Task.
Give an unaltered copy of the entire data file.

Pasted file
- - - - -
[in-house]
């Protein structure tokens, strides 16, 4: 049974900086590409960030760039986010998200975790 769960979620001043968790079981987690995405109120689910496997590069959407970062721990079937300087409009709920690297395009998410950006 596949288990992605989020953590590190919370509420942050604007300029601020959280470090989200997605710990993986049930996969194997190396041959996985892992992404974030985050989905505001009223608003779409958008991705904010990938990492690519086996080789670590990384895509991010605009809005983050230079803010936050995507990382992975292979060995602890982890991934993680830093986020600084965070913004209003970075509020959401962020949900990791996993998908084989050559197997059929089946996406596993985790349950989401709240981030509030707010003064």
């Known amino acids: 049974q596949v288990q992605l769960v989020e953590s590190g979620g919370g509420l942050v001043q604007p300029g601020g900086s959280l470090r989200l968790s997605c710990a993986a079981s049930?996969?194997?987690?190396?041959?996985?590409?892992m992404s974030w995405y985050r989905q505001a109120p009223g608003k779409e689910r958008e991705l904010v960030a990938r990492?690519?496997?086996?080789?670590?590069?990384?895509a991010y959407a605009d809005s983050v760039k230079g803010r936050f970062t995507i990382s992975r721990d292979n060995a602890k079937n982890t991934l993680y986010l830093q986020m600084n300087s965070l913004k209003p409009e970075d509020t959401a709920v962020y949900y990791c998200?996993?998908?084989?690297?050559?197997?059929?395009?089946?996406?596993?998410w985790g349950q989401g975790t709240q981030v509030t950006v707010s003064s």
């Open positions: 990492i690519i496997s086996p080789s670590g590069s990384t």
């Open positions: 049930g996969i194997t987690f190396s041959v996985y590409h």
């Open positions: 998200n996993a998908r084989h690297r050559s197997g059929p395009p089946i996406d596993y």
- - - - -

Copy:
[in-house]
């Protein structure tokens, strides 16, 4: 049974900086590409960030760039986010998200975790 769960979620001043968790079981987690995405109120689910496997590069959407970062721990079937300087409009709920690297395009998410950006 596949288990992605989020953590590190919370509420942050604007300029601020959280470090989200997605710990993986049930996969194997190396041959996985892992992404974030985050989905505001009223608003779409958008991705904010990938990492690519086996080789670590990384895509991010605009809005983050230079803010936050995507990382992975292979060995602890982890991934993680830093986020600084965070913004209003970075509020959401962020949900990791996993998908084989050559197997059929089946996406596993985790349950989401709240981030509030707010003064």
């Known amino acids: 049974q596949v288990q992605l769960v989020e953590s590190g979620g919370g509420l942050v001043q604007p300029g601020g900086s959280l470090r989200l968790s997605c710990a993986a079981s049930?996969?194997?987690?190396?041959?996985?590409?892992m992404s974030w995405y985050r989905q505001a109120p009223g608003k779409e689910r958008e991705l904010v960030a990938r990492?690519?496997?086996?080789?670590?590069?990384?895509a991010y959407a605009d809005s983050v760039k230079g803010r936050f970062t995507i990382s992975r721990d292979n060995a602890k079937n982890t991934l993680y986010l830093q986020m600084n300087s965070l913004k209003p409009e970075d509020t959401a709920v962020y949900y990791c998200?996993?998908?084989?690297?050559?197997?059929?395009?089946?996406?596993?998410w985790g349950q989401g975790t709240q981030v509030t950006v707010s003064s």
């Open positions: 990492i690519i496997s086996p080789s670590g590069s990384t």
């Open positions: 049930g996969i194997t987690f190396s041959v996985y590409h």
């Open positions: 998200n996993a998908r084989h690297r050559s197997g059929p395009p089946i996406d596993y």